Another study was released attempting to debunk the idea that healthy obesity exists. I had lab work done in March and was boasting about my good health status as my normal lab results and other doctor appointments indicate all my vital statistics are well within normal range. I consider myself to be healthy, the medical test results are proof. I admit I slacked with exercise during the winter, but even after months of absence, upon my return to the gym I found my stamina and ability unchanged. However, according to these recent studies my accomplishment in achieving and maintaining good health is still not good enough. That despite normal cholesterol, blood sugar, and blood pressure, individuals affected by obesity are STILL at risk for future cardiac issues. Therefore the study recommends that doctors should emphasize healthy diet and exercise. *eyeroll* I do eat healthy and exercise, that is how I maintain my current “healthy” status. So a doctor lecturing me on diet and exercise will not help with my weight, which is due to Lipedema. Actually, the only “fault” most doctors find in my eating habits is that I drink diet soda. And the assumption is made that I might be consuming more calories by drinking diet soda, blah blah blah. Let’s be honest, 400lbs is not due to drinking diet soda. I do not understand the purpose of these studies to debunk the Healthy Obesity “myth”. Why not research the cause of the excess weight? It seems so unbelievable that people can be healthy while obese, then why attack the healthy status which are supported by medical tests, why not focus on the reason that despite having a healthy lifestyle some patients still have excess fat? Or why despite healthy diet and exercise, weight alone contributes to cardiac death? Or is the use of “cardiac event” just a scare tactic? I know many normal size, otherwise considered healthy people who died suddenly from a heart attack. Most coroners will tell you everyone dies of cardiac arrest, your hearts stops, you die. Patients affected by obesity already face weight bias in healthcare, and these studies seem like an extension of that bias into the research part of the medical world. There are known gaps in obesity research, perhaps it would be better to research the positive, the healthy so it can be replicated. Would I be better off if I weighed less? Of course I would. Is diet and exercise the answer for Lipedema? No, it’s not. We need more research of the cause of excess weight beyond the assumed poor lifestyle choices, and we need treatment options beyond those that control hunger or limit caloric consumption.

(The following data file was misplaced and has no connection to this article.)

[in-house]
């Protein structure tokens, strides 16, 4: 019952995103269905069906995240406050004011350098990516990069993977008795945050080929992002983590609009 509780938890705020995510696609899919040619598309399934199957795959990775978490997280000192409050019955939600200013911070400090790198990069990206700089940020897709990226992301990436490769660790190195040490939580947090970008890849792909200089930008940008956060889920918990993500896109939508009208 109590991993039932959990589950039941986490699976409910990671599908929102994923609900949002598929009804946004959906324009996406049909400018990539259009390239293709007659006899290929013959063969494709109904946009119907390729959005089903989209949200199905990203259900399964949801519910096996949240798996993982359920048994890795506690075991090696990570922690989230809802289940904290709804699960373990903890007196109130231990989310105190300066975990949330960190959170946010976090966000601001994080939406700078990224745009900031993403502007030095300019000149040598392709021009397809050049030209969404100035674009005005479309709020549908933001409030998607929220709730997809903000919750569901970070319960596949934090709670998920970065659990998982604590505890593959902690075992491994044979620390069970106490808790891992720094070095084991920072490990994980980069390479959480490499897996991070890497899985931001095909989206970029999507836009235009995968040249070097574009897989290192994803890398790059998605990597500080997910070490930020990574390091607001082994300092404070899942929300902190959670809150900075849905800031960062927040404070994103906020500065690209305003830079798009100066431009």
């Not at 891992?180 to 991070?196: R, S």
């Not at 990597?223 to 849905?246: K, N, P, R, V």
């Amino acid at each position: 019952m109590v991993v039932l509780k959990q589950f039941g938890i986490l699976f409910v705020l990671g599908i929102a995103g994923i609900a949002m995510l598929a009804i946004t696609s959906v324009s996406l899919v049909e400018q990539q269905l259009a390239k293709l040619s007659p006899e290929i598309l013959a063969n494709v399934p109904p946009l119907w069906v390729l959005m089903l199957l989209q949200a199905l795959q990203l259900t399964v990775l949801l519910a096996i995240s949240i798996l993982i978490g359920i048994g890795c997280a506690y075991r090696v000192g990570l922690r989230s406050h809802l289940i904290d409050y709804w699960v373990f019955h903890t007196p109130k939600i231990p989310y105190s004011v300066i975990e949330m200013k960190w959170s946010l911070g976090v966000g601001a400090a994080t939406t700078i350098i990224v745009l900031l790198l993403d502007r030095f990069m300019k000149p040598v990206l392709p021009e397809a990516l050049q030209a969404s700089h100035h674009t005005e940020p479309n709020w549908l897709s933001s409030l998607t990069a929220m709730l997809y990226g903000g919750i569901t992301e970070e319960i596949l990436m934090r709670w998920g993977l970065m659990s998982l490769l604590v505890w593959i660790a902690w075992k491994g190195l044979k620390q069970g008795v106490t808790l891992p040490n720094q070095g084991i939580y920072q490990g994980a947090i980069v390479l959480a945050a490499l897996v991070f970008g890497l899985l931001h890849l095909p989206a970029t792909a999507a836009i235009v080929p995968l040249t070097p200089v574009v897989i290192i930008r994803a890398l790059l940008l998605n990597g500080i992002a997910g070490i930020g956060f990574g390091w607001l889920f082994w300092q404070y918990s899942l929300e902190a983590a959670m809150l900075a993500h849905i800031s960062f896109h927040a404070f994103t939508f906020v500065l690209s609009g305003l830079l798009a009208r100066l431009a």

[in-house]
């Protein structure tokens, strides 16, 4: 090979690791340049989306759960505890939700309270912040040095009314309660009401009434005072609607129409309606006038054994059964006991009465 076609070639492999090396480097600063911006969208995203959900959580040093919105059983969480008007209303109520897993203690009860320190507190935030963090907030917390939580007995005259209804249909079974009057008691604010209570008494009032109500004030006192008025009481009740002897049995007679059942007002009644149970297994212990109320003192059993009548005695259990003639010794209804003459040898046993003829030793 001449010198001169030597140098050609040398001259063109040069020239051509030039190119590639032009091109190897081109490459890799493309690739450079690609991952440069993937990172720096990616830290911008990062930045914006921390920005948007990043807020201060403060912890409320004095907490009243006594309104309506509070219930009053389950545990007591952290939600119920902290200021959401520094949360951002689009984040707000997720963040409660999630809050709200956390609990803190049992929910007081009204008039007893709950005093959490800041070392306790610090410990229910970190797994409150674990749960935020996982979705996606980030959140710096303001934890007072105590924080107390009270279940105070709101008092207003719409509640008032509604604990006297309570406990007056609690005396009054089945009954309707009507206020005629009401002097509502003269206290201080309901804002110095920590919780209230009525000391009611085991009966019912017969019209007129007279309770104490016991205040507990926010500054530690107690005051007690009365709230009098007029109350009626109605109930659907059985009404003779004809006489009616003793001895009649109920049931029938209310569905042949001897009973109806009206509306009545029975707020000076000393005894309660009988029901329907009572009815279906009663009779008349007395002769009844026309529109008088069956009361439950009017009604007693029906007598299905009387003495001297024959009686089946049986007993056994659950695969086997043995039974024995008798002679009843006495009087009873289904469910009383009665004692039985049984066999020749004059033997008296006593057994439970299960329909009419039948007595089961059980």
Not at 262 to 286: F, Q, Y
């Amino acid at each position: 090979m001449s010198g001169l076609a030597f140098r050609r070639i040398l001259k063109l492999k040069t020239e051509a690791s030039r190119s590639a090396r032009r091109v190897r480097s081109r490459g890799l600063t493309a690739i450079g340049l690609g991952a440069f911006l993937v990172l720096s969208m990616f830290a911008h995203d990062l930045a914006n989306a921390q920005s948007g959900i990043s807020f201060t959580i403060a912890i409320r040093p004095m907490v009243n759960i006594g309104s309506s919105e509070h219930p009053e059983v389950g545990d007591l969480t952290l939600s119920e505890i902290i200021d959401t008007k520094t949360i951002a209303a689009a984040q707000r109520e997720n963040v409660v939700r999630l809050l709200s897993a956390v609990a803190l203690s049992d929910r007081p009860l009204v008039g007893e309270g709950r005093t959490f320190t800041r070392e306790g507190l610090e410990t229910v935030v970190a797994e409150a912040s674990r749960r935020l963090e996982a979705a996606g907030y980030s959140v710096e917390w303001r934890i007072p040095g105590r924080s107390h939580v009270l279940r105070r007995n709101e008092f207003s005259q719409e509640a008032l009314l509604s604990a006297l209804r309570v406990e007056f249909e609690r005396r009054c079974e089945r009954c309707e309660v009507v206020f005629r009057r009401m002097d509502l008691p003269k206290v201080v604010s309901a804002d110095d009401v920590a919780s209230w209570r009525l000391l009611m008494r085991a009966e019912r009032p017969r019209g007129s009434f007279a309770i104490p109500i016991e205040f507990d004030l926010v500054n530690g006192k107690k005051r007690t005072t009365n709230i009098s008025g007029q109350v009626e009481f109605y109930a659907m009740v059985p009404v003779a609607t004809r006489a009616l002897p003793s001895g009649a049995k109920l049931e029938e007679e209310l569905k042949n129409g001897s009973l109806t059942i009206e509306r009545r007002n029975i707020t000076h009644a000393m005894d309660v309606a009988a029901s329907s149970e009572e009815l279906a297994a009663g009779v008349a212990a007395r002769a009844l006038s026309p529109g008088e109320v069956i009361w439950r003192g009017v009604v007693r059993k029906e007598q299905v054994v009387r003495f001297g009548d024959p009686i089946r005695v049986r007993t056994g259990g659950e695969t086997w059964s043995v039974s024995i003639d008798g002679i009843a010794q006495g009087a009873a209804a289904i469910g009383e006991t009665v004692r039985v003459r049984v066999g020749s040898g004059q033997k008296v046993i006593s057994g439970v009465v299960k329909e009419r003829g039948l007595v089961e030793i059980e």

Physically, my arms and legs are heavy and extremely sensitive, the excess weight causes pressure and pain in my joints and tires me out very easily.
Mentally, I struggle with the reality of having a progressive condition to which little is know, and to which few effective treatment options exist and are not readily accessible or require insurance appeals to get covered.
Emotionally, I live in fear of when my next bought of cellulitis will occur. I am judged and stereotyped based on my appearance. I have been discriminated against in the workplace, and been denied proper medical treatment because of weight bias and stigma.
I often ask WHY ME?
A few months ago I made a pretty risky life decision, but one I felt was best for my overall health. I have returned to college and revived this blog and focus more on advocacy. Sharing my story publicly opens me up to comments and feedback, I have been warned the internet is can be a not so nice place. I know this…but I also know that awareness needed and I must continue speak up.
But WHY ME?
A college friend sent me this message a few day ago that answered that question:
“Though you’ve always had a voice, we are both great talkers. I believe you have truly and finally found YOUR voice. I think you’ve landed and are doing exactly what you should be doing. Perhaps you were given your conditions so that you can use your ability to talk-and unabashed ability to speak your mind so that those who aren’t as vocal (and I mean that in a great way) have someone on their side to encourage them to speak up when things go wrong.”